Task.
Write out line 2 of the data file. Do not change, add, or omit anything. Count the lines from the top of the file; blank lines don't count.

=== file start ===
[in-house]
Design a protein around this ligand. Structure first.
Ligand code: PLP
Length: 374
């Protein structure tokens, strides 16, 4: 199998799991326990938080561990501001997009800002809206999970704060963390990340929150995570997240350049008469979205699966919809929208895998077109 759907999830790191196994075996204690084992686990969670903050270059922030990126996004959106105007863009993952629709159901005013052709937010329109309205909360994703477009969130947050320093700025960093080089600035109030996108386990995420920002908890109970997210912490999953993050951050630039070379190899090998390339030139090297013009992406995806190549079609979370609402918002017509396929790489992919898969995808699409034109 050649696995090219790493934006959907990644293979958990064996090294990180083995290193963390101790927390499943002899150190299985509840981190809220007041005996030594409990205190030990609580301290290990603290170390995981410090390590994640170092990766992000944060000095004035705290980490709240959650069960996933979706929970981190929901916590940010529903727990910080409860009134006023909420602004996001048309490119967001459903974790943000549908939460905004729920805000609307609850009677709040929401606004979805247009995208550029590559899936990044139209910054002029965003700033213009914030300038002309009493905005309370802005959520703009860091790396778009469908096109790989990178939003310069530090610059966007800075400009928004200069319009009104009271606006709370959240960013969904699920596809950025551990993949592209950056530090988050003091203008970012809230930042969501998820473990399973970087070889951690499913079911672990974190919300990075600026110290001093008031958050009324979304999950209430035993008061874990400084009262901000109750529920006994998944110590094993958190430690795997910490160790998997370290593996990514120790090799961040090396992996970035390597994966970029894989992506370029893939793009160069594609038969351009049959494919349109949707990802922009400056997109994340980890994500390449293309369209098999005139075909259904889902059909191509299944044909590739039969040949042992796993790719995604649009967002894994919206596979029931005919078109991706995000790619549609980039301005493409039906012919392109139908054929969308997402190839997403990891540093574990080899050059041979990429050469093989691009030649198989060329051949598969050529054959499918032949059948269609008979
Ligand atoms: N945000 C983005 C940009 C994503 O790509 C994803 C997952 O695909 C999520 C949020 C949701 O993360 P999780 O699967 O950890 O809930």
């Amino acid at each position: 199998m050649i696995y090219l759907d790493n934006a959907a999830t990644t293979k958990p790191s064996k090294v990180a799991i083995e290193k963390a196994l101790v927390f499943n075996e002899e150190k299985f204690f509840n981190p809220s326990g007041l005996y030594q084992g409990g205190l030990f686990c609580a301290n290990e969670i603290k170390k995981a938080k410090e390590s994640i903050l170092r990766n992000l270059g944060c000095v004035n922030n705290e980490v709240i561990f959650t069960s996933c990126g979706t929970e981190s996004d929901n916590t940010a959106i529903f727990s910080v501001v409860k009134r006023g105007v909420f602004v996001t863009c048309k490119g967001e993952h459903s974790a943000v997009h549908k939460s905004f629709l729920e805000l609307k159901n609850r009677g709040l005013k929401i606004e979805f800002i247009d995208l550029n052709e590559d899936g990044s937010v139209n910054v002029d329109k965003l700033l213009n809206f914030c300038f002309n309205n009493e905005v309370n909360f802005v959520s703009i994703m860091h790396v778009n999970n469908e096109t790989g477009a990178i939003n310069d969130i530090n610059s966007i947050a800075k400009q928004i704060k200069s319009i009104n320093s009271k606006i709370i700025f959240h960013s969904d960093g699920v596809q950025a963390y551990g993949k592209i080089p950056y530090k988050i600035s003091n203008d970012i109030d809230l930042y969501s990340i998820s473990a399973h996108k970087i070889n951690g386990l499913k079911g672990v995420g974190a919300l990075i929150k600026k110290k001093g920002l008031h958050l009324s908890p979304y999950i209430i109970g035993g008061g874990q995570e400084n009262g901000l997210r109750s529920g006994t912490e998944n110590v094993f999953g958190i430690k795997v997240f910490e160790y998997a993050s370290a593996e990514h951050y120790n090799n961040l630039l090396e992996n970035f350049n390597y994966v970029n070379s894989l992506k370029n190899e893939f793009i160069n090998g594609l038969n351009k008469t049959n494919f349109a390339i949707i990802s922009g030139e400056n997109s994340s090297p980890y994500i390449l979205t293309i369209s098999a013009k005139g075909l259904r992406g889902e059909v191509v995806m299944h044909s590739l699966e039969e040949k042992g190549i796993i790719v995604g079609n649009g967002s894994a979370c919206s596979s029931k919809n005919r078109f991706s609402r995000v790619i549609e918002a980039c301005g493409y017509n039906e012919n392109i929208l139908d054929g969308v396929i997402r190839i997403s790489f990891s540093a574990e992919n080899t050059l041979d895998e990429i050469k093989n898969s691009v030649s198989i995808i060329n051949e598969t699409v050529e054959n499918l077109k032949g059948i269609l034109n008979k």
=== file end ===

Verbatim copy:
Design a protein around this ligand. Structure first.